The length of adults when in standing position is about 1.5 to 2.0 m high to the top of the head.
Southern Cassowary is more thickset than Emu. ADULTS: Sexes are alike; however the female is a little larger, more brightly colored, with a taller casque or helmet. The entire plumage of both sexes is glossy black hair-like feathers that consist of two shafts.
The wings are rudimentary, reduced to a few long, bare quills. Therefore, the head and neck are naked except for scattered bristles. The face is dark becoming blue towards the back; sides and front of neck blue, darker on the lower neck. Thus, a pair of red wattles hang from the front of the neck; the back of the upper neck light blue grading below to bright red.
On the top of the head is a large, blade-shaped horny casque or helmet. Eye and bill are very dark brown. The legs are green-gray to horn; three toes, the inner toe has nail elongated to spike 120 mm long and 30 mm at the base.
IMMATURE: The young are brown with heads and necks in adult coloring but duller. DOWNY YOUNG: Striped yellow and black.
The female Southern Cassowary usually lays four eggs, which are incubated by the male. He also rears the young, looking after them for about nine months. The lustrous mid-green color ellipsoidal, about 140 x 90 mm. Incubation periods are about two months by the male bird.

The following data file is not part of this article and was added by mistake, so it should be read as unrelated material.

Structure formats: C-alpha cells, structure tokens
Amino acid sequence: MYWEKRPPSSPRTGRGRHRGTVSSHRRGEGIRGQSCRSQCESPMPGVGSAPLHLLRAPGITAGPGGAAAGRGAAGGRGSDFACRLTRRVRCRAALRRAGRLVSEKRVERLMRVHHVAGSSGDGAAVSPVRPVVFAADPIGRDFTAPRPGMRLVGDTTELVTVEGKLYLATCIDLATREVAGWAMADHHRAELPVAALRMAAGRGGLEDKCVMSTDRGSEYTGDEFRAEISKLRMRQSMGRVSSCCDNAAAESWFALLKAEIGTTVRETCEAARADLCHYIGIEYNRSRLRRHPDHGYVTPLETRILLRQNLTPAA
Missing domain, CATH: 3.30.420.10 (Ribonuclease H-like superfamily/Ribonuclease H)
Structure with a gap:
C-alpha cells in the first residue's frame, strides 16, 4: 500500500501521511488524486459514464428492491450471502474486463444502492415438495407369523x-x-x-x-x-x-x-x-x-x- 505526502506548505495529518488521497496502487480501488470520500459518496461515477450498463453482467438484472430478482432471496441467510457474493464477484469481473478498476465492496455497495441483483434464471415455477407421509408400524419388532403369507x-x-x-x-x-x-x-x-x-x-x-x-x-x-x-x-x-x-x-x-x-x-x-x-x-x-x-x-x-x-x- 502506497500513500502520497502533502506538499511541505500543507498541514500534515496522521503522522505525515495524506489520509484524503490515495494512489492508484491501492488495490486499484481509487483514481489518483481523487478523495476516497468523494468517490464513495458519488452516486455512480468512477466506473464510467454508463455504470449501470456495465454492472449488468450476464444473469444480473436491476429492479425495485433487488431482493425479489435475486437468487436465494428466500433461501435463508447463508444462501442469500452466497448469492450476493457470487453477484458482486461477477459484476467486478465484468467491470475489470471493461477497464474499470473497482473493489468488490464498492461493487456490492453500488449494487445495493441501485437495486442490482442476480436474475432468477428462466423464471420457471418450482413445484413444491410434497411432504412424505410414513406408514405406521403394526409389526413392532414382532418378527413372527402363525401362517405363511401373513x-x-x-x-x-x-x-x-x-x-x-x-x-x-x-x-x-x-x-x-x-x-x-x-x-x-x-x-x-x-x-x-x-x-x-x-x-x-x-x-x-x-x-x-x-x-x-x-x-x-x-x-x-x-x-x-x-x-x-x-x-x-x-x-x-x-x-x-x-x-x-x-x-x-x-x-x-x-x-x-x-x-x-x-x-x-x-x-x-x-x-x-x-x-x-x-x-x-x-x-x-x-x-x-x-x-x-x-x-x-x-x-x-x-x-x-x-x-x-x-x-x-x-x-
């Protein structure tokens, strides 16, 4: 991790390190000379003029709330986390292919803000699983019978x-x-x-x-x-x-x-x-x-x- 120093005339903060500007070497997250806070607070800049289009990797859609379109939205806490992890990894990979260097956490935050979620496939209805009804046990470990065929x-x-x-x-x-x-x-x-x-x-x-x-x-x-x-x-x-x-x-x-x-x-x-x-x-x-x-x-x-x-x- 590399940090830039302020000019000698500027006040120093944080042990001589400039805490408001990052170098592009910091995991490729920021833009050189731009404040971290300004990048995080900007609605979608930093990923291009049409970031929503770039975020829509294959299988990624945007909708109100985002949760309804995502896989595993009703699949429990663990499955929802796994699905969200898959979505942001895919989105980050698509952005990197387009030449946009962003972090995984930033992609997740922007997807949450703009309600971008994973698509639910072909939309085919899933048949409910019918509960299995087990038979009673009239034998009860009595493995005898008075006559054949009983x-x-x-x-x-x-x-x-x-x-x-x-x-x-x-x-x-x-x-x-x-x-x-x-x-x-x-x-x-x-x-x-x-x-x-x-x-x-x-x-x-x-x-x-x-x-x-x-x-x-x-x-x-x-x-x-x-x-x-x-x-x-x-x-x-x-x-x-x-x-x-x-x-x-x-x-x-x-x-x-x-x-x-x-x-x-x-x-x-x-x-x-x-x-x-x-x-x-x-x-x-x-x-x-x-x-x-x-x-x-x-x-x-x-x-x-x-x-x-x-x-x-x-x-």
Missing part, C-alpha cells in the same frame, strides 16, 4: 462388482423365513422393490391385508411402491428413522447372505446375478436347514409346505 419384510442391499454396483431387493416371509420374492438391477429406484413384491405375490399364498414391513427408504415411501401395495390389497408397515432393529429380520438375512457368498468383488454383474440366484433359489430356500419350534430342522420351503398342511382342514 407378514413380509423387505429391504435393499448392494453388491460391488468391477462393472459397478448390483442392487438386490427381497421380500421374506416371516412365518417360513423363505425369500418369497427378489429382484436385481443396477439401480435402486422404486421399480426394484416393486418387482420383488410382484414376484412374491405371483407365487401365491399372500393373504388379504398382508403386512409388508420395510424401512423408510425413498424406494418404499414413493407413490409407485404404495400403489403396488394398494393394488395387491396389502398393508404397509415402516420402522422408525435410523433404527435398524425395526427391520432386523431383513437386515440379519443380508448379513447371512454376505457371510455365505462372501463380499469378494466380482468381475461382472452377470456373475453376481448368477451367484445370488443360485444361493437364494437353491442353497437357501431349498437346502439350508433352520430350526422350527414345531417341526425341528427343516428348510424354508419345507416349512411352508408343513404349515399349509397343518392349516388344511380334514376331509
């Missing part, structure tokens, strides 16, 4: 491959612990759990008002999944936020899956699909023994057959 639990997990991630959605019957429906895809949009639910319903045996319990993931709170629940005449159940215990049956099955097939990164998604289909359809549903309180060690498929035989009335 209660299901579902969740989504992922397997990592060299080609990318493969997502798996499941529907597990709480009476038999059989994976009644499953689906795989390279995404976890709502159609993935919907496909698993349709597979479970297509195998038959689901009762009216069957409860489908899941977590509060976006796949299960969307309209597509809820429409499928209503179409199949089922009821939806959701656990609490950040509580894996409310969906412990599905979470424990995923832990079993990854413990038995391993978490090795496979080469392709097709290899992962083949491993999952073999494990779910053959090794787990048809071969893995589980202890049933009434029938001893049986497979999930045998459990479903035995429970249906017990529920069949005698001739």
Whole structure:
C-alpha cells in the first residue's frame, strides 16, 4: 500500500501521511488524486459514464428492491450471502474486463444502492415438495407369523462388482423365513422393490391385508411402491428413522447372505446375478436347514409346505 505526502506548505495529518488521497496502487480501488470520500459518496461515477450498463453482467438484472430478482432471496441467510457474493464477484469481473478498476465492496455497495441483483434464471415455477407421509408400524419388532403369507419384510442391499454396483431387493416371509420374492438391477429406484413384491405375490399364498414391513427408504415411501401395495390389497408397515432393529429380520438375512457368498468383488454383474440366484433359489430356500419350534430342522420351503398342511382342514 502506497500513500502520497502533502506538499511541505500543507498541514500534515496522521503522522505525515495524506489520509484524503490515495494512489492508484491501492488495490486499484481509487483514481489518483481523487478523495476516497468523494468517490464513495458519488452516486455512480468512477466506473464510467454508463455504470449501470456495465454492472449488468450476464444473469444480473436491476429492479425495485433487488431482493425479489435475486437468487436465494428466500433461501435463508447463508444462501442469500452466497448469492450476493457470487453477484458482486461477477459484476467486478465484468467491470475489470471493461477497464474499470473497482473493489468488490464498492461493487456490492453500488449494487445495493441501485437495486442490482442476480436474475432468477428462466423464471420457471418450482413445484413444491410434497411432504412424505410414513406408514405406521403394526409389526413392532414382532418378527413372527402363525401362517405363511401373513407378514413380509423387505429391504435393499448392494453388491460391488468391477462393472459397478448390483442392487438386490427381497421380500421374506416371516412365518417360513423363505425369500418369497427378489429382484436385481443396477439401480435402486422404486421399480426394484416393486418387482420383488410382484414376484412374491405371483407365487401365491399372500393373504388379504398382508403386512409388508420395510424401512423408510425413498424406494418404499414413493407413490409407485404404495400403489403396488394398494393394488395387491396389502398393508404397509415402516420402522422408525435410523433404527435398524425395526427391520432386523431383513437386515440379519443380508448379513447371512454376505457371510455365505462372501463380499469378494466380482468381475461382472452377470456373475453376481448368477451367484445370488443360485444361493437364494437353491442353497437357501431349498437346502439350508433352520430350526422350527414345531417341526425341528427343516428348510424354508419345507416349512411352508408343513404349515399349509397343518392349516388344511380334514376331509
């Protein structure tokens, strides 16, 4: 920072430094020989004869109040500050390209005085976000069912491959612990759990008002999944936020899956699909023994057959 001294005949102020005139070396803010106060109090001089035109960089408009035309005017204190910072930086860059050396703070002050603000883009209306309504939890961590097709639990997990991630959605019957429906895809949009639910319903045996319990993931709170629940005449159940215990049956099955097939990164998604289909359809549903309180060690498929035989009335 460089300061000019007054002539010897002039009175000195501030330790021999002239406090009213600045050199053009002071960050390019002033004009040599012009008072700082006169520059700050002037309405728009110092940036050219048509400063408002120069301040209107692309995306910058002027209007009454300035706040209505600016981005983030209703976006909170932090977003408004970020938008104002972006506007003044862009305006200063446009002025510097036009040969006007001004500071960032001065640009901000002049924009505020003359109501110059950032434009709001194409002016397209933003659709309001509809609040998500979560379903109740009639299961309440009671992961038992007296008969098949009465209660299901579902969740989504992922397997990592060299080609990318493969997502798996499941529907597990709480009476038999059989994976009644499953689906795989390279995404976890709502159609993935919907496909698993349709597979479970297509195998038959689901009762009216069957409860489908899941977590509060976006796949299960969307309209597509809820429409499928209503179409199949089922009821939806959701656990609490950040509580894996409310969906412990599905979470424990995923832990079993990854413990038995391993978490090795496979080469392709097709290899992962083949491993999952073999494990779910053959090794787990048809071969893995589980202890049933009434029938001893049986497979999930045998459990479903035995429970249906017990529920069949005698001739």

A variety of rumbles, booms, roars, and hisses. Southern Cassowary noise makes when it meets a strange object.
Breeding season starts from June to October, coinciding with the maximum availability of fruit. Nest a scrape in the ground lined with grasses, fern fronds, and leaves; situated deep in the forest.
Restricted to tropical rainforests in northeastern Queensland where it is fairly common. The bird is solitary throughout most years; sedentary, probably maintaining a feeding territory. Australian Cassowary is a member of a wide-ranging speciesthat also occurs naturally in western and southern lowland New Guinea; one small race in Australia.
Double-wattled Cassowary, Australian Cassowary, or two-wattled cassowary.